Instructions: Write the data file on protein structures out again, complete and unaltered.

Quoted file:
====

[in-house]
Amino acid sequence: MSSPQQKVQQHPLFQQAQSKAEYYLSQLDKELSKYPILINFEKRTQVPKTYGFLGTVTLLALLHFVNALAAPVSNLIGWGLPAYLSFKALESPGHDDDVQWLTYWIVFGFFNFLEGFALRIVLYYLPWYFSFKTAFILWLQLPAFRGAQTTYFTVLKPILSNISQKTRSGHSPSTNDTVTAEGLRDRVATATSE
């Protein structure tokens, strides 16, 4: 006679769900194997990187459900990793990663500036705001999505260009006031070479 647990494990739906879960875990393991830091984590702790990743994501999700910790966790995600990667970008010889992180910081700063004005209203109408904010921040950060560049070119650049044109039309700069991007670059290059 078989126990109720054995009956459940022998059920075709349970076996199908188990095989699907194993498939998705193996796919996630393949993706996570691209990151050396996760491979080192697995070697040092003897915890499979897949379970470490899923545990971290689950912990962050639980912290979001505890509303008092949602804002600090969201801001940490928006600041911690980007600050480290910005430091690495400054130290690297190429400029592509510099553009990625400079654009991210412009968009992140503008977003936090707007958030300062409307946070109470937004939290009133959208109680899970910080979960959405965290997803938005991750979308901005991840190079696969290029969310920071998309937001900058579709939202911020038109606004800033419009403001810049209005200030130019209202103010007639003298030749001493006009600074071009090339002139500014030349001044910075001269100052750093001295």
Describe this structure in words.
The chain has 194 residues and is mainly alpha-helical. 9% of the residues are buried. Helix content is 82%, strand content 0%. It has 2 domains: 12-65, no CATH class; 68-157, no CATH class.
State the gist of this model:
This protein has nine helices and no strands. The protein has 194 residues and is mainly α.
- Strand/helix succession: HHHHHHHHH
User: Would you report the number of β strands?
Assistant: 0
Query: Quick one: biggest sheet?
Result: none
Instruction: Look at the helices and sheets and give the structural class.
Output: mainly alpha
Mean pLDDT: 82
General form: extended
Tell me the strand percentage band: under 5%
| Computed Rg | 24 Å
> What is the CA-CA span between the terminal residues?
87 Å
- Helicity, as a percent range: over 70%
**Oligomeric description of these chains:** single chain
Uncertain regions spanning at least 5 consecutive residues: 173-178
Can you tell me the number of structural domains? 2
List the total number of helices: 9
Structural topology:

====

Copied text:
[in-house]
Amino acid sequence: MSSPQQKVQQHPLFQQAQSKAEYYLSQLDKELSKYPILINFEKRTQVPKTYGFLGTVTLLALLHFVNALAAPVSNLIGWGLPAYLSFKALESPGHDDDVQWLTYWIVFGFFNFLEGFALRIVLYYLPWYFSFKTAFILWLQLPAFRGAQTTYFTVLKPILSNISQKTRSGHSPSTNDTVTAEGLRDRVATATSE
């Protein structure tokens, strides 16, 4: 006679769900194997990187459900990793990663500036705001999505260009006031070479 647990494990739906879960875990393991830091984590702790990743994501999700910790966790995600990667970008010889992180910081700063004005209203109408904010921040950060560049070119650049044109039309700069991007670059290059 078989126990109720054995009956459940022998059920075709349970076996199908188990095989699907194993498939998705193996796919996630393949993706996570691209990151050396996760491979080192697995070697040092003897915890499979897949379970470490899923545990971290689950912990962050639980912290979001505890509303008092949602804002600090969201801001940490928006600041911690980007600050480290910005430091690495400054130290690297190429400029592509510099553009990625400079654009991210412009968009992140503008977003936090707007958030300062409307946070109470937004939290009133959208109680899970910080979960959405965290997803938005991750979308901005991840190079696969290029969310920071998309937001900058579709939202911020038109606004800033419009403001810049209005200030130019209202103010007639003298030749001493006009600074071009090339002139500014030349001044910075001269100052750093001295």
Describe this structure in words.
The chain has 194 residues and is mainly alpha-helical. 9% of the residues are buried. Helix content is 82%, strand content 0%. It has 2 domains: 12-65, no CATH class; 68-157, no CATH class.
State the gist of this model:
This protein has nine helices and no strands. The protein has 194 residues and is mainly α.
- Strand/helix succession: HHHHHHHHH
User: Would you report the number of β strands?
Assistant: 0
Query: Quick one: biggest sheet?
Result: none
Instruction: Look at the helices and sheets and give the structural class.
Output: mainly alpha
Mean pLDDT: 82
General form: extended
Tell me the strand percentage band: under 5%
| Computed Rg | 24 Å
> What is the CA-CA span between the terminal residues?
87 Å
- Helicity, as a percent range: over 70%
**Oligomeric description of these chains:** single chain
Uncertain regions spanning at least 5 consecutive residues: 173-178
Can you tell me the number of structural domains? 2
List the total number of helices: 9
Structural topology: